Peña Nieto leaves behind a polarized country where citizens despise politics and politicians for their corruption and incompetence. But this Mexico also enjoys an infinitely more solid economic foundation than the majority of our southern neighbors, and enormous potential for the future. Beside shortcomings, mistakes and corruption, the new governing team seems unable to see the good things on which it can and must build. With its eagerness to judge rather than evaluate, it will soon find the limits in inconsistencies, as shown in the differing approaches to the airport and Yucatán peninsula Mayan train projects.

Some years ago, a former Colombian civil servant told me an anecdote which seems relevant now. Freshly appointed as a deputy minister, he was brimming with confidence. One cold and rainy evening, he entered his chauffeur-driven, ministerial vehicle, and soon his car reached a traffic light, where he saw a gentleman getting soaked in the rain as he waited for a taxi. It turned out it was his predecessor in the ministry. The paradox of power, he reflected, is that it is temporary. You either use it for progress, or waste it and end up in the dump of public opinion.

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Look At This Crap! The "Enshittification" Theory Of Why The Internet Is Broken

The term was coined by journalist Cory Doctorow to explain the fatal drift of major Internet platforms: if they were ever useful and user-friendly, they will inevitably end up being odious.

A photo of hands holding onto a smartphone

A person holding their smartphone

Gilles Lambert/ZUMA
Manuel Ligero


The universe tends toward chaos. Ultimately, everything degenerates. These immutable laws are even more true of the Internet.

In the case of media platforms, everything you once thought was a good service will, sooner or later, disgust you. This trend has been given a name: enshittification. The term was coined by Canadian blogger and journalist Cory Doctorow to explain the inevitable drift of technological giants toward... well.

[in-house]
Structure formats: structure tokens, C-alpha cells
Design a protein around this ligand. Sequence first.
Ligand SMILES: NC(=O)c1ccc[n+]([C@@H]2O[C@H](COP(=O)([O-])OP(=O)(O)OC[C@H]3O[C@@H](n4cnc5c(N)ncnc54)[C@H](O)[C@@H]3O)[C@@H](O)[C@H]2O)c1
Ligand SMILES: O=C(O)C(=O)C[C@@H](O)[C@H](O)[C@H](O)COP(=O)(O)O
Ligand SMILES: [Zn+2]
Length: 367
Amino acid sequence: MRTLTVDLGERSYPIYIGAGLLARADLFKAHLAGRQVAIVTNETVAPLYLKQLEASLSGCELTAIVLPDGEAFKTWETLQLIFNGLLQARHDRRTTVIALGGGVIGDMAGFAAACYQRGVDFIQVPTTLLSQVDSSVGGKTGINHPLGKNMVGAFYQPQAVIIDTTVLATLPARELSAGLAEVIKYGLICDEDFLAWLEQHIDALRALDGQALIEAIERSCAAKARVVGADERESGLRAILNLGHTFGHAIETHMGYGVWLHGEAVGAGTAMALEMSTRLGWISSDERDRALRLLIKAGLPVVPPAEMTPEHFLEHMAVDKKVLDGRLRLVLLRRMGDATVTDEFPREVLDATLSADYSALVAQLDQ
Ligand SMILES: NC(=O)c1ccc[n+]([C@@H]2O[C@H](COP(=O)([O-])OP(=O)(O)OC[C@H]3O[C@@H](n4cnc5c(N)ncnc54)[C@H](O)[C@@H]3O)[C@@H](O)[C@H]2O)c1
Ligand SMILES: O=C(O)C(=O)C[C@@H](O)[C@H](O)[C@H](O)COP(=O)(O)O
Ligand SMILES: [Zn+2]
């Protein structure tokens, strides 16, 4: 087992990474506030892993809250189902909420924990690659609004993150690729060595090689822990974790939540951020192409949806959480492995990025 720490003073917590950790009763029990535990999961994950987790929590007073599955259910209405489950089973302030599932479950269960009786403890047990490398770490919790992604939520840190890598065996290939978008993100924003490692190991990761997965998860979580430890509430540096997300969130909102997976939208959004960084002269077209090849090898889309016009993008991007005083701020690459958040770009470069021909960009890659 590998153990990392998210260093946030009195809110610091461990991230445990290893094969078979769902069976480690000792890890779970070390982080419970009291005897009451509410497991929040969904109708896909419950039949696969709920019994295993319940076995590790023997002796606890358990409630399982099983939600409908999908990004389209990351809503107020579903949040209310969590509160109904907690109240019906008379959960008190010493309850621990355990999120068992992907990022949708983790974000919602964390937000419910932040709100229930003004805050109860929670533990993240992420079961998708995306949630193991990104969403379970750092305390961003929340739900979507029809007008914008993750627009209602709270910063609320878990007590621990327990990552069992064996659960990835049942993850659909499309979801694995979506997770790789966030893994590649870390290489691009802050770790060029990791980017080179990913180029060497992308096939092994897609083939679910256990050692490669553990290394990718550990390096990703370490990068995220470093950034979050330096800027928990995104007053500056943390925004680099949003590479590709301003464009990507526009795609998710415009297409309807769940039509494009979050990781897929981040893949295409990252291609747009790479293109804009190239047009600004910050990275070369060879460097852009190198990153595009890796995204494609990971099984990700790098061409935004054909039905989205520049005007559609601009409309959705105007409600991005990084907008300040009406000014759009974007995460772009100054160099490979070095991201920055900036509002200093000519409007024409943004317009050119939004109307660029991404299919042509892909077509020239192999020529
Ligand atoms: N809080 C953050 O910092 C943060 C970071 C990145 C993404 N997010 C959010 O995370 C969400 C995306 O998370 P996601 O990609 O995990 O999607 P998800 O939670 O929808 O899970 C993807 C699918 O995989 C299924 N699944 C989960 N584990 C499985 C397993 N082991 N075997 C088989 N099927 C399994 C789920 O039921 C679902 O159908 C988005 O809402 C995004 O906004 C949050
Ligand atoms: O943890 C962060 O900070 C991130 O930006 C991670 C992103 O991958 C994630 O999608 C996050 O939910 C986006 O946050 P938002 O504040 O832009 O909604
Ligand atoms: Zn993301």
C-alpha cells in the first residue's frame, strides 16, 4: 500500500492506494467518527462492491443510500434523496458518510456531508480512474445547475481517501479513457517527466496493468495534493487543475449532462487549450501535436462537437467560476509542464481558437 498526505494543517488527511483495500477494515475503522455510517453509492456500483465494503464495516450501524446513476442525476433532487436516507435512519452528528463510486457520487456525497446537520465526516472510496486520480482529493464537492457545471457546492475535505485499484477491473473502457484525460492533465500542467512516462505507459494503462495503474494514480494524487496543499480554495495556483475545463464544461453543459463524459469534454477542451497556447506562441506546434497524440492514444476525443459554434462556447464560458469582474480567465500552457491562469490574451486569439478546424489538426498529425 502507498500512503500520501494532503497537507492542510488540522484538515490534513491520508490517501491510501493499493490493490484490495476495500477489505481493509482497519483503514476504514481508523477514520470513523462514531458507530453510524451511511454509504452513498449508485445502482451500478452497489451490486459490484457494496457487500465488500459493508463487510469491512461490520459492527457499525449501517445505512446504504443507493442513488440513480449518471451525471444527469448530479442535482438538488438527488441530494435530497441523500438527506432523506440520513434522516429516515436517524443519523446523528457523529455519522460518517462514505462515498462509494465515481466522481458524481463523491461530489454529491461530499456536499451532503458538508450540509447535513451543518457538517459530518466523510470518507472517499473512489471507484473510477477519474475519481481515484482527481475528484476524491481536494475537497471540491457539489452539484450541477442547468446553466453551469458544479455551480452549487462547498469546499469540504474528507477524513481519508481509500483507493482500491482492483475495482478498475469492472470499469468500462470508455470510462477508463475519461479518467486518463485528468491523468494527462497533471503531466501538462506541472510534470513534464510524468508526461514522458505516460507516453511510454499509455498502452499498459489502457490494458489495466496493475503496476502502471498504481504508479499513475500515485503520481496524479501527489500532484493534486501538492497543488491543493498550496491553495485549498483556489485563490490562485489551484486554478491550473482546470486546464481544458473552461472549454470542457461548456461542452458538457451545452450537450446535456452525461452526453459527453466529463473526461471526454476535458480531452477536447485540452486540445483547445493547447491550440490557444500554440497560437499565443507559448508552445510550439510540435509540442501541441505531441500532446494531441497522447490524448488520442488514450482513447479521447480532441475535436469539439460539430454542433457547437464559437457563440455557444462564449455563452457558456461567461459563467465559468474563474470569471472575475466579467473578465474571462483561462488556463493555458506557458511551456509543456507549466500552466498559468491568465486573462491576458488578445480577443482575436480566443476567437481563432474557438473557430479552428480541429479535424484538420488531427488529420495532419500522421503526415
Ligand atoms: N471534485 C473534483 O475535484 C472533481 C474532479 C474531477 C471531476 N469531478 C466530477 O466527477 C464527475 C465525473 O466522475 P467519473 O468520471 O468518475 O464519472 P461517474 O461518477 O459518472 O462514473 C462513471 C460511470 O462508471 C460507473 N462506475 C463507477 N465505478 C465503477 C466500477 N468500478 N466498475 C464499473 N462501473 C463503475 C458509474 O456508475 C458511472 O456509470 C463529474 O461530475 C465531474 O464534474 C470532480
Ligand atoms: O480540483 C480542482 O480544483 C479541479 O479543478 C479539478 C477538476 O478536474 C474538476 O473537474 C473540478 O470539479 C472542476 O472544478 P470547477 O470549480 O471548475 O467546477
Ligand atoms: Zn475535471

The explanation is in line with the most basic tenets of Marxism. All digital companies have investors (essentially the bourgeoisie, people who don't perform any work and take the lion's share of the profits), and these investors want to see the percentage of their gains grow year after year. This pushes companies to make decisions that affect the service they provide to their customers. Although they don't do it unwillingly, quite the opposite.

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Annoying customers is just another part of the business plan. Look at Netflix, for example. The streaming giant has long been riddling how to monetize shared Netflix accounts. Option 1: adding a premium option to its regular price. Next, it asked for verification through text messages. After that, it considered raising the total subscription price. It also mulled adding advertising to the mix, and so on. These endless maneuvers irritated its audience, even as the company has been unable to decide which way it wants to go. So, slowly but surely, we see it drifting toward enshittification.